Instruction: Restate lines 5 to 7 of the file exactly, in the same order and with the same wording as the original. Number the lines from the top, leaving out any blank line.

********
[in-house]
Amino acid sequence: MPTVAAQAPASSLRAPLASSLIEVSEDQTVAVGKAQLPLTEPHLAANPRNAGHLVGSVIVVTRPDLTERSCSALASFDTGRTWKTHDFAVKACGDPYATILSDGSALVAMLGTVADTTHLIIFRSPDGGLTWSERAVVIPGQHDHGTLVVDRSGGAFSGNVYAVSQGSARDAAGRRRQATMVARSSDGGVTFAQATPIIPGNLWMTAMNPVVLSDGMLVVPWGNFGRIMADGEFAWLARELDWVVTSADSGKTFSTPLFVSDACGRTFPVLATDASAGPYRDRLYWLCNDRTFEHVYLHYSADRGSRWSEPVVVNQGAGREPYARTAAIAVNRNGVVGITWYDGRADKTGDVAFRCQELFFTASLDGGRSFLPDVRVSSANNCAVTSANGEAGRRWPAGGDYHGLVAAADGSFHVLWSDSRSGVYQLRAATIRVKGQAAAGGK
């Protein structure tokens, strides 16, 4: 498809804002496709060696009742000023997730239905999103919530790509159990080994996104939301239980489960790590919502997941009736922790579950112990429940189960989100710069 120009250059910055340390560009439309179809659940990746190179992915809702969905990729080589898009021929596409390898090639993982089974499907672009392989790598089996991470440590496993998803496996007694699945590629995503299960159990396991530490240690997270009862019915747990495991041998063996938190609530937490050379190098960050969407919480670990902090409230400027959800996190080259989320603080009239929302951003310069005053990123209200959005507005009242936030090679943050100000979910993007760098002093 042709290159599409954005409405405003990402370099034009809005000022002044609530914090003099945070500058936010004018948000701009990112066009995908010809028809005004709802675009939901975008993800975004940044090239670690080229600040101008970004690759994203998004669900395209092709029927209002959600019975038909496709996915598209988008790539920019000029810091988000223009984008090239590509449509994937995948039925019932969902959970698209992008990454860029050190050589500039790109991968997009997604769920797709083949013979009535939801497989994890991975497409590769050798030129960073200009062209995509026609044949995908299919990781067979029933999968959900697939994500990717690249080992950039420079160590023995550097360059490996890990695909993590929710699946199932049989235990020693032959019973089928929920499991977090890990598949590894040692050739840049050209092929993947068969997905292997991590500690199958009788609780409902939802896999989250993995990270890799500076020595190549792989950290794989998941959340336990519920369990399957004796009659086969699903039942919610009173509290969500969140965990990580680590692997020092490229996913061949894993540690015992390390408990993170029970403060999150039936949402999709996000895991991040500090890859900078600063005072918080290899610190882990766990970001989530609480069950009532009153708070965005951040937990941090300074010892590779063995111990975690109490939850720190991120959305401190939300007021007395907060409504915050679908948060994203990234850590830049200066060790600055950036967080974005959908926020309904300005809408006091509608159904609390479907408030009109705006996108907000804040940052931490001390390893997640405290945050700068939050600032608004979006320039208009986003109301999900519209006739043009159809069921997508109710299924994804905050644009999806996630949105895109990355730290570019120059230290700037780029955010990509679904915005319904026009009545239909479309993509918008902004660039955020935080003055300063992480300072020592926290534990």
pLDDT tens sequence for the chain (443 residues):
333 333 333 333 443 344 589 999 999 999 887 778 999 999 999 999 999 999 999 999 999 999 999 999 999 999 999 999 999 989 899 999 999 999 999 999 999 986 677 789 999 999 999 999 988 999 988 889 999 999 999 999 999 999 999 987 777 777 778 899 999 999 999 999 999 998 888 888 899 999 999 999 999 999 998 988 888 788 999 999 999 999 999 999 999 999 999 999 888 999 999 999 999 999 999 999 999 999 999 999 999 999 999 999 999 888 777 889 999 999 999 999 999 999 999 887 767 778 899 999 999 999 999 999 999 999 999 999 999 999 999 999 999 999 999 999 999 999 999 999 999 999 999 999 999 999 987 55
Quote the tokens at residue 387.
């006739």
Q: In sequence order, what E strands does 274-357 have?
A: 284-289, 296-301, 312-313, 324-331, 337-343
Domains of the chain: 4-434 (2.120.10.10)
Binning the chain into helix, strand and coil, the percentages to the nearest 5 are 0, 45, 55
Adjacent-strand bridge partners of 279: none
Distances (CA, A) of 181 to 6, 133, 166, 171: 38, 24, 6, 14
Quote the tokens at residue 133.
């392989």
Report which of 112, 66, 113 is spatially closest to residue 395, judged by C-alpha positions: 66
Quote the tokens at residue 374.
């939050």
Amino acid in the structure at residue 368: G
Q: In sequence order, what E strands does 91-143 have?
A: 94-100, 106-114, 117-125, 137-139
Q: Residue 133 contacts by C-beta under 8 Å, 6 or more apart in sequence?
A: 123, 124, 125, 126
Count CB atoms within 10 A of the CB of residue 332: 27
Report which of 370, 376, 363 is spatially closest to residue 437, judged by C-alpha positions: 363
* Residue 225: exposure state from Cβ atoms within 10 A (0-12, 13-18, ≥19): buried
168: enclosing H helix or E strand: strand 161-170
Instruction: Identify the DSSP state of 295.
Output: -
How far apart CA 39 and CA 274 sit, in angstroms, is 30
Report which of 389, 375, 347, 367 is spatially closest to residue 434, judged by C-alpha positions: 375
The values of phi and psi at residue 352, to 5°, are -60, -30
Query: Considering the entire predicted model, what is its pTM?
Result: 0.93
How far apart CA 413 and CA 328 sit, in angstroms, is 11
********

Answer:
333 333 333 333 443 344 589 999 999 999 887 778 999 999 999 999 999 999 999 999 999 999 999 999 999 999 999 999 999 989 899 999 999 999 999 999 999 986 677 789 999 999 999 999 988 999 988 889 999 999 999 999 999 999 999 987 777 777 778 899 999 999 999 999 999 998 888 888 899 999 999 999 999 999 998 988 888 788 999 999 999 999 999 999 999 999 999 999 888 999 999 999 999 999 999 999 999 999 999 999 999 999 999 999 999 888 777 889 999 999 999 999 999 999 999 887 767 778 899 999 999 999 999 999 999 999 999 999 999 999 999 999 999 999 999 999 999 999 999 999 999 999 999 999 999 999 987 55
Quote the tokens at residue 387.
């006739």